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Sukkot as a Model of Public Space Judaism

The holiday of Sukkot begins Wednesday at sundown, and Jewish families all over the world will be putting up their sukkot (temporary booths) to celebrate the holiday. In New York City, this festival has been taken to new heights by the nonprofit organization Reboot, which has organized a display of a dozen innovate sukkot in Union Square. To read more about this display, called “Sukkah City,” click here.

Sukkot is a holiday that meshes nicely with JOI’s values of Public Space Judaism and bringing Jewish practice into the public sphere. A sukkah can be built almost anywhere, and is by definition temporary and easy to build. And as a result, many different organizations put the principles of Public Space Judaism into practice during Sukkot. Chabad builds sukkot on the backs of flatbed trucks and Home Depot holds sukkah making demonstrations in order to bring the holiday to where Jews are. The “Sukkah City” display is in keeping with this tradition. It is held in one of the busiest public spaces in New York City, enabling thousands of Jews – affiliated and unaffiliated – to interact with the booths as they go about their day.

However, what I find most interesting about the display is that, although all of the sukkot must follow Jewish law in their construction, most of them look much more like works of modernist sculpture than booths for a traditional Jewish harvest festival (to view this year’s submissions, click here). These avant garde sukkot are interesting and engaging because, in the words of event founder Roger Bennet, they “reinvent ritual.” The goal of “Sukkah City” is to take Jewish law and reinterpret it for the modern age, making it engaging and exciting for the broader American audience.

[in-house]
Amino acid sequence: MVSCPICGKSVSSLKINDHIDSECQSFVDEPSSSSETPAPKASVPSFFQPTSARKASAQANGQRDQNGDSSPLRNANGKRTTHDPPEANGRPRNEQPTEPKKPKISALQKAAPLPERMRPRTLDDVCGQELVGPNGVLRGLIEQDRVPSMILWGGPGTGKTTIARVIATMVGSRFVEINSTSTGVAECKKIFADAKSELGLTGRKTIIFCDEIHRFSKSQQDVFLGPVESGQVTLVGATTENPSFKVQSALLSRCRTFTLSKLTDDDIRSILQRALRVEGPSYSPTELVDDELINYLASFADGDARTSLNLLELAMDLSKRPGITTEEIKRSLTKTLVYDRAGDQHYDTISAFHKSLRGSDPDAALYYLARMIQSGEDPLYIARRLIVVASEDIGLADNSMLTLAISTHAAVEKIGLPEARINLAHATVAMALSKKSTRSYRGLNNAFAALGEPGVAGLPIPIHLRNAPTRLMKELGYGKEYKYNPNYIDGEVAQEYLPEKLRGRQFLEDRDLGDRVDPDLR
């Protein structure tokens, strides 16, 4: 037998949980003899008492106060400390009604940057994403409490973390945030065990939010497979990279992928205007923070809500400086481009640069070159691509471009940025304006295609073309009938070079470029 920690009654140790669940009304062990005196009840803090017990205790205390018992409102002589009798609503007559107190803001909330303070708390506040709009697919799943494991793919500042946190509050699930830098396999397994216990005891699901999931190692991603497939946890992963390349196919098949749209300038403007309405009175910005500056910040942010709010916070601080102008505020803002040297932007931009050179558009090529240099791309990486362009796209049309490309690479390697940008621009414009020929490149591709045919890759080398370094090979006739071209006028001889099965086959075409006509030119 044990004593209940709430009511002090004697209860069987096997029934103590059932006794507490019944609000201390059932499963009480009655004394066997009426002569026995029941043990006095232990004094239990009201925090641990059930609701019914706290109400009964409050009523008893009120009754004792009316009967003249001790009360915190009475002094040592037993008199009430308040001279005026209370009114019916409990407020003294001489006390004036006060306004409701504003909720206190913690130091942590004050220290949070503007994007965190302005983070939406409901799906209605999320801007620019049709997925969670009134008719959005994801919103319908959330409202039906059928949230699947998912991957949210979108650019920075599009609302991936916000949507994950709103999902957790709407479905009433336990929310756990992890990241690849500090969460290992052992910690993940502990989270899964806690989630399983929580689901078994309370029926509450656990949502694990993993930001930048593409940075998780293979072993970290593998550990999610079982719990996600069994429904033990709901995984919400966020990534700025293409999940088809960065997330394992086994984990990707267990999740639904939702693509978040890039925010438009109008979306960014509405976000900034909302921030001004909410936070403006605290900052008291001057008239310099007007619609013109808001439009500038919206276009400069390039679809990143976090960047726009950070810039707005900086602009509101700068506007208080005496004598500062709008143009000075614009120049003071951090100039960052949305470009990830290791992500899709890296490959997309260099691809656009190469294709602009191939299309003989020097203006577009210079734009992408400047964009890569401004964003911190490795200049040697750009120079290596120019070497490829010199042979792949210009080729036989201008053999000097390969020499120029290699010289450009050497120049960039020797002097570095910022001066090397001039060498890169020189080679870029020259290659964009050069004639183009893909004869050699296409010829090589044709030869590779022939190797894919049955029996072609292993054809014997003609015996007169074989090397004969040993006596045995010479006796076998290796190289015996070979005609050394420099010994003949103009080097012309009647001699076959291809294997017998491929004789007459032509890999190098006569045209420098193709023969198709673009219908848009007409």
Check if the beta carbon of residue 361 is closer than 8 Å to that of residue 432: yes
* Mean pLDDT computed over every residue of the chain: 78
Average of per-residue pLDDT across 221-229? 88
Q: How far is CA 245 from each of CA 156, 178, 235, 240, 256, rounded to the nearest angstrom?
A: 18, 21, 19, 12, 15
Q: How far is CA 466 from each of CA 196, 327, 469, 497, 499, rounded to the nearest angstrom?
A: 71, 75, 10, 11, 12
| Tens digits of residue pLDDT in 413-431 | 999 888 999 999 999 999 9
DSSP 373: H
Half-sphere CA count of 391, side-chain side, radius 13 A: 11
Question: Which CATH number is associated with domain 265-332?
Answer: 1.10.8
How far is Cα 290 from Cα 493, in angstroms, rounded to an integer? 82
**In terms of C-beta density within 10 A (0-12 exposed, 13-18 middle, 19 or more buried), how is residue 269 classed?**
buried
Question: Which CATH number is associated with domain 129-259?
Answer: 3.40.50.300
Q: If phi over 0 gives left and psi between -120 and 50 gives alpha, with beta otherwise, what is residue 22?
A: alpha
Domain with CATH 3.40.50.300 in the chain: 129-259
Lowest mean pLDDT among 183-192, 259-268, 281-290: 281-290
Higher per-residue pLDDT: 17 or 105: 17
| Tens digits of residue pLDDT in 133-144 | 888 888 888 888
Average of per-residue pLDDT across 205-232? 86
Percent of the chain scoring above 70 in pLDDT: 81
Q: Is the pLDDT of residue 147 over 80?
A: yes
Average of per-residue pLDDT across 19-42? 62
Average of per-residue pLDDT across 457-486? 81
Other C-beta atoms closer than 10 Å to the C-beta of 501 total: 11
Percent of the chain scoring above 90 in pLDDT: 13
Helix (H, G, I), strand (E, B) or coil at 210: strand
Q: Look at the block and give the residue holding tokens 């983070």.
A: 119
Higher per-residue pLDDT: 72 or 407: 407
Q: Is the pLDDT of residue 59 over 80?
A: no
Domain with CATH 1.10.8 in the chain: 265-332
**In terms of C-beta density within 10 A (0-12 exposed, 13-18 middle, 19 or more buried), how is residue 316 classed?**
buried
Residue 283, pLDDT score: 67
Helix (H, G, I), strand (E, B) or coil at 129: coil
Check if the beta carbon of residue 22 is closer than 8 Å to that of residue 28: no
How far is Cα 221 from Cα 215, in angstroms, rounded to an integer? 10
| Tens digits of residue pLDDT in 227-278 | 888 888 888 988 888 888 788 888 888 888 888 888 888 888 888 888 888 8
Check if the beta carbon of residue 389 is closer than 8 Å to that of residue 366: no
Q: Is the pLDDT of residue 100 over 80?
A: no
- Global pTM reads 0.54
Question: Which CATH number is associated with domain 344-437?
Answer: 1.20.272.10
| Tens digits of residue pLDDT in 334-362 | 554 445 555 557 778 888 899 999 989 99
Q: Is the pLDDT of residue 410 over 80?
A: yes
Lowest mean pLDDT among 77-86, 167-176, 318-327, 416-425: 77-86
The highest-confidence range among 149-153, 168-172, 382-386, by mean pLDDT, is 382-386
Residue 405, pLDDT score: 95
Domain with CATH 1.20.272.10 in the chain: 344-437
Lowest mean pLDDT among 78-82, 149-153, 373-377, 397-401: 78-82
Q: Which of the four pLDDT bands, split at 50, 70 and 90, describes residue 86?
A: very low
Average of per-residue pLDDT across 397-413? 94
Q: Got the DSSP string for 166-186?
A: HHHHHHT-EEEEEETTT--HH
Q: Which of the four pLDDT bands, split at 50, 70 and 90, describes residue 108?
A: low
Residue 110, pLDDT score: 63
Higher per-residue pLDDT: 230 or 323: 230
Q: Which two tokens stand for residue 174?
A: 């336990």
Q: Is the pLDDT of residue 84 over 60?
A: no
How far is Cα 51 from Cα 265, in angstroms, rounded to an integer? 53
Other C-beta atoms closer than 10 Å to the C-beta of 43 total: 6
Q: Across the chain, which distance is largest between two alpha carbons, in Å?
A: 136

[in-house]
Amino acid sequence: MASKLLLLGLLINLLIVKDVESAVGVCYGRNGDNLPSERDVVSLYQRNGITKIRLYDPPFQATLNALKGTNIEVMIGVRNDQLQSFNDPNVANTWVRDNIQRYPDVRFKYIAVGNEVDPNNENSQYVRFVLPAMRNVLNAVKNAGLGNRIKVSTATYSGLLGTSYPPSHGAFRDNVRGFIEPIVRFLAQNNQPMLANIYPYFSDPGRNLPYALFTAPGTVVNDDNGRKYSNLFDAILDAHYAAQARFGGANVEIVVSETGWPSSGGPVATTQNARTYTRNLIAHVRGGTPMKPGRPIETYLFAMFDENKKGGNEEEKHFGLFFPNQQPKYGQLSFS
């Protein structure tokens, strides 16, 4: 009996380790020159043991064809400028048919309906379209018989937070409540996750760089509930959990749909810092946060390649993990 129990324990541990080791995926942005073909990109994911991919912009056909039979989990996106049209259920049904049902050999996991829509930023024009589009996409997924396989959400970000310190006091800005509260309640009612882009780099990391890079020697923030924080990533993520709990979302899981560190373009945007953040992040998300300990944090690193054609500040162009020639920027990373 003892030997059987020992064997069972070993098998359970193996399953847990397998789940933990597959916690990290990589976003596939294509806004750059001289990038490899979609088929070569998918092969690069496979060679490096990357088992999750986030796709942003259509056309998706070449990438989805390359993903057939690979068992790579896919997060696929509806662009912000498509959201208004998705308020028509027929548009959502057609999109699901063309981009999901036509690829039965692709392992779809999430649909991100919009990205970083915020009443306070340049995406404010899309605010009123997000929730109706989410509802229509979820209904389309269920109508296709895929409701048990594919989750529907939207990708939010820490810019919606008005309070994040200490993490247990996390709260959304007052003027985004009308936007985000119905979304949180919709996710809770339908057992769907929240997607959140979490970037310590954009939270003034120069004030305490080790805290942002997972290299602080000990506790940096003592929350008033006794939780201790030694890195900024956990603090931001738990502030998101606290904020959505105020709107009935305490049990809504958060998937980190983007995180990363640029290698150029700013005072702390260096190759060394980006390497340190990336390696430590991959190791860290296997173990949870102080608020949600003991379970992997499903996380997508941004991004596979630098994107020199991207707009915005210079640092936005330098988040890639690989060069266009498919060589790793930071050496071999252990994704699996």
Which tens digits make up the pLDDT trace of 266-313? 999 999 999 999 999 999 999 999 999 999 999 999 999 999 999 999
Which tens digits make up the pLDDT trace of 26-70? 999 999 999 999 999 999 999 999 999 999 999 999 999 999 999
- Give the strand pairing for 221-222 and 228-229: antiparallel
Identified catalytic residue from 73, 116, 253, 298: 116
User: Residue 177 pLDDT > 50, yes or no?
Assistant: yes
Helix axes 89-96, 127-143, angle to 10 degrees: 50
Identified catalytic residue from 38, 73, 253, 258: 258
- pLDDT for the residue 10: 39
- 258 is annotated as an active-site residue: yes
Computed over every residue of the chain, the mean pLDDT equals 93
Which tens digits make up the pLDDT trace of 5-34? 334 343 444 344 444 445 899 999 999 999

This project is a wonderful example of bringing Judaism “into the marketplace” and making it interesting and exciting for all Americans, regardless of religious affiliation. Many of the architects of the sukkot are not Jewish, but they were excited by the opportunity to build such a creative structure within the tight parameters of Jewish law. This excitement from the non-Jewish community is important, because many unengaged Jews and people connected to Judaism, such as the spouses of Jews, are more engaged by modern art than traditional Jewish harvest festivals, and will connect more to a creative Judaism that speaks to the broader American aesthetic. Re-imaginings of Judaism that are appealing to all Americans have a far greater chance of engaging the unengaged, because these versions of Judaism meet them where they are emotionally and intellectually.



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